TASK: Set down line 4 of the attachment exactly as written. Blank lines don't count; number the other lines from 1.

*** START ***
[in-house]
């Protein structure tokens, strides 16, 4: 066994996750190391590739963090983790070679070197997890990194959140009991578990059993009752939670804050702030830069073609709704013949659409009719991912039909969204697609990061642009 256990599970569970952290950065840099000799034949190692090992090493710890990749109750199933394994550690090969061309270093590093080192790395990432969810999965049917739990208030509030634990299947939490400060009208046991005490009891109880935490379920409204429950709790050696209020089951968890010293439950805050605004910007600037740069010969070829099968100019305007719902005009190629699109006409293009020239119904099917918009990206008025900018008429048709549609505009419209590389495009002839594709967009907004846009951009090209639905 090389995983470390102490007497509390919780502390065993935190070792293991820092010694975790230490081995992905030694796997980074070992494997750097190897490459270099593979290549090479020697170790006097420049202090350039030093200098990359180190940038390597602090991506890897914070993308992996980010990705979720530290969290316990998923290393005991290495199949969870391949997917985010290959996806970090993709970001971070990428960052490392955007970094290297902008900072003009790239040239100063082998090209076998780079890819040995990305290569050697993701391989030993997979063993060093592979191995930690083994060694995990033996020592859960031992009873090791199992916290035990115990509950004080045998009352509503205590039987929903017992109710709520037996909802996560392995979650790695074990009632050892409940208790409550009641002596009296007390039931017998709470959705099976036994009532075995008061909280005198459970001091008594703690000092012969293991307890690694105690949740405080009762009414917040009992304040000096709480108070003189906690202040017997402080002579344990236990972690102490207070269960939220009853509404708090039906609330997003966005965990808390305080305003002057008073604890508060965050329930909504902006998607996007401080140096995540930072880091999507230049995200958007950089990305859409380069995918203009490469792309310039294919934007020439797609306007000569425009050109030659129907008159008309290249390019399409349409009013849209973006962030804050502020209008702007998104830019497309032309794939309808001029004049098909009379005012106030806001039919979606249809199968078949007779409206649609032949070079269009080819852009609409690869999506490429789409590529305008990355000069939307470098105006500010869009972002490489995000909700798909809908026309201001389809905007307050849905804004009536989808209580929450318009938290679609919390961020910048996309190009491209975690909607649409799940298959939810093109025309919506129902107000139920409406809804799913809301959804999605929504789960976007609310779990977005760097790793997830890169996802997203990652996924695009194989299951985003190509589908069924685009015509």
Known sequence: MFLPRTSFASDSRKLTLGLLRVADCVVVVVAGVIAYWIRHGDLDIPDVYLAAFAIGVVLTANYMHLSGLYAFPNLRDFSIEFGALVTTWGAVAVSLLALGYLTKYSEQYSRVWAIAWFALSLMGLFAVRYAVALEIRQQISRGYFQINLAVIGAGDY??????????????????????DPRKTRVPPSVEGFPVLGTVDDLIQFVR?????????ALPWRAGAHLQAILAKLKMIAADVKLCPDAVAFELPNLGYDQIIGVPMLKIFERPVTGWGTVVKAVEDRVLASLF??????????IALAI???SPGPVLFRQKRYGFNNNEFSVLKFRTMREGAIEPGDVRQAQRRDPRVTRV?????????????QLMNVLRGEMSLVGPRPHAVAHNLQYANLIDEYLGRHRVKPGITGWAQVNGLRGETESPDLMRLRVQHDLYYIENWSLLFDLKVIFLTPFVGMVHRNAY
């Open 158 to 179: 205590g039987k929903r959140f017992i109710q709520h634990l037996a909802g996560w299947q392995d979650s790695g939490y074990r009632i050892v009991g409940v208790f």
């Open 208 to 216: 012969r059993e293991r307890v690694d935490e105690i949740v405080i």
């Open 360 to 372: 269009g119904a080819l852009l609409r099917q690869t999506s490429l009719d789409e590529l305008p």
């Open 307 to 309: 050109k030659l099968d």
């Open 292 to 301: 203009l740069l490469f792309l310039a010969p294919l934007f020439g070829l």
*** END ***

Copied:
């Open 158 to 179: 205590g039987k929903r959140f017992i109710q709520h634990l037996a909802g996560w299947q392995d979650s790695g939490y074990r009632i050892v009991g409940v208790f």